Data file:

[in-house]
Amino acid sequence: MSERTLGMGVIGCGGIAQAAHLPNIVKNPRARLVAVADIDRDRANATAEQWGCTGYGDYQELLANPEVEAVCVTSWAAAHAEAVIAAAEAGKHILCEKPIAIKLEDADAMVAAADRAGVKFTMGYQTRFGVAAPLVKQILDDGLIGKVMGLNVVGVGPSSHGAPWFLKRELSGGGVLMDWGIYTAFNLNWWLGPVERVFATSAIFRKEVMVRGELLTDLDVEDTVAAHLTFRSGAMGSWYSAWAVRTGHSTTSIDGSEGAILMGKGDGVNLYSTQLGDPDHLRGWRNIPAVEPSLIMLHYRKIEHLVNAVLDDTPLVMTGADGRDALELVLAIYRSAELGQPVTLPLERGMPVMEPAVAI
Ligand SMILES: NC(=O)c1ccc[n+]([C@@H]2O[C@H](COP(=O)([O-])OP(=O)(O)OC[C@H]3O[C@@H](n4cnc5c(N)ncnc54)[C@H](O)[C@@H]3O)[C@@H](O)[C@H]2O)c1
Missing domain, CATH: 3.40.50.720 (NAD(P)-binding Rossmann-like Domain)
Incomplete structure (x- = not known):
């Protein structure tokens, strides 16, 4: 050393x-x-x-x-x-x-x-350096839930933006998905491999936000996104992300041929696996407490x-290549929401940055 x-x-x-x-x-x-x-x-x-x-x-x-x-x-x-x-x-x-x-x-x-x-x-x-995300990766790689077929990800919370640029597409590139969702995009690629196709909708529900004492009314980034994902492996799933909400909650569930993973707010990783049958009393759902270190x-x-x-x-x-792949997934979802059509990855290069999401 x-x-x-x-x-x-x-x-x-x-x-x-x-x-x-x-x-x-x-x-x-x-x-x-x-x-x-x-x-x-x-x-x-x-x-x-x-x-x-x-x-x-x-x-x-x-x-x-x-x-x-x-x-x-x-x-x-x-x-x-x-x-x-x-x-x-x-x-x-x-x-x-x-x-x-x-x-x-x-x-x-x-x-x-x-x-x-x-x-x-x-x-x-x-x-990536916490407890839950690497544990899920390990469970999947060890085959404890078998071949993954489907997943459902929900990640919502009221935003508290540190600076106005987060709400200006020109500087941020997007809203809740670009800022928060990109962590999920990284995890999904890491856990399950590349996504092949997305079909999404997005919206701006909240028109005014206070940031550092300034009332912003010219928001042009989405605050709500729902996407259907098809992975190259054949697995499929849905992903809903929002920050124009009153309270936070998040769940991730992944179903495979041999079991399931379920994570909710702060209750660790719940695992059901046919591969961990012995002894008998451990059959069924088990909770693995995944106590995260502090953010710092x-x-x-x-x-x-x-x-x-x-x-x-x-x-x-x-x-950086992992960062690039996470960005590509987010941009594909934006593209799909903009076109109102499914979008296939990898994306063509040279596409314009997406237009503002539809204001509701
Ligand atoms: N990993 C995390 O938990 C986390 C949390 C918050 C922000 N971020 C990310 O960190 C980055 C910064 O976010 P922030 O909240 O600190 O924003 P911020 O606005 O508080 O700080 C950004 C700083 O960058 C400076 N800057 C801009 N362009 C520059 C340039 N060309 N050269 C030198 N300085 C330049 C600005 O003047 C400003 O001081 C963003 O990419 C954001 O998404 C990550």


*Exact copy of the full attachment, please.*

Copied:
[in-house]
Amino acid sequence: MSERTLGMGVIGCGGIAQAAHLPNIVKNPRARLVAVADIDRDRANATAEQWGCTGYGDYQELLANPEVEAVCVTSWAAAHAEAVIAAAEAGKHILCEKPIAIKLEDADAMVAAADRAGVKFTMGYQTRFGVAAPLVKQILDDGLIGKVMGLNVVGVGPSSHGAPWFLKRELSGGGVLMDWGIYTAFNLNWWLGPVERVFATSAIFRKEVMVRGELLTDLDVEDTVAAHLTFRSGAMGSWYSAWAVRTGHSTTSIDGSEGAILMGKGDGVNLYSTQLGDPDHLRGWRNIPAVEPSLIMLHYRKIEHLVNAVLDDTPLVMTGADGRDALELVLAIYRSAELGQPVTLPLERGMPVMEPAVAI
Ligand SMILES: NC(=O)c1ccc[n+]([C@@H]2O[C@H](COP(=O)([O-])OP(=O)(O)OC[C@H]3O[C@@H](n4cnc5c(N)ncnc54)[C@H](O)[C@@H]3O)[C@@H](O)[C@H]2O)c1
Missing domain, CATH: 3.40.50.720 (NAD(P)-binding Rossmann-like Domain)
Incomplete structure (x- = not known):
């Protein structure tokens, strides 16, 4: 050393x-x-x-x-x-x-x-350096839930933006998905491999936000996104992300041929696996407490x-290549929401940055 x-x-x-x-x-x-x-x-x-x-x-x-x-x-x-x-x-x-x-x-x-x-x-x-995300990766790689077929990800919370640029597409590139969702995009690629196709909708529900004492009314980034994902492996799933909400909650569930993973707010990783049958009393759902270190x-x-x-x-x-792949997934979802059509990855290069999401 x-x-x-x-x-x-x-x-x-x-x-x-x-x-x-x-x-x-x-x-x-x-x-x-x-x-x-x-x-x-x-x-x-x-x-x-x-x-x-x-x-x-x-x-x-x-x-x-x-x-x-x-x-x-x-x-x-x-x-x-x-x-x-x-x-x-x-x-x-x-x-x-x-x-x-x-x-x-x-x-x-x-x-x-x-x-x-x-x-x-x-x-x-x-x-990536916490407890839950690497544990899920390990469970999947060890085959404890078998071949993954489907997943459902929900990640919502009221935003508290540190600076106005987060709400200006020109500087941020997007809203809740670009800022928060990109962590999920990284995890999904890491856990399950590349996504092949997305079909999404997005919206701006909240028109005014206070940031550092300034009332912003010219928001042009989405605050709500729902996407259907098809992975190259054949697995499929849905992903809903929002920050124009009153309270936070998040769940991730992944179903495979041999079991399931379920994570909710702060209750660790719940695992059901046919591969961990012995002894008998451990059959069924088990909770693995995944106590995260502090953010710092x-x-x-x-x-x-x-x-x-x-x-x-x-x-x-x-x-950086992992960062690039996470960005590509987010941009594909934006593209799909903009076109109102499914979008296939990898994306063509040279596409314009997406237009503002539809204001509701
Ligand atoms: N990993 C995390 O938990 C986390 C949390 C918050 C922000 N971020 C990310 O960190 C980055 C910064 O976010 P922030 O909240 O600190 O924003 P911020 O606005 O508080 O700080 C950004 C700083 O960058 C400076 N800057 C801009 N362009 C520059 C340039 N060309 N050269 C030198 N300085 C330049 C600005 O003047 C400003 O001081 C963003 O990419 C954001 O998404 C990550």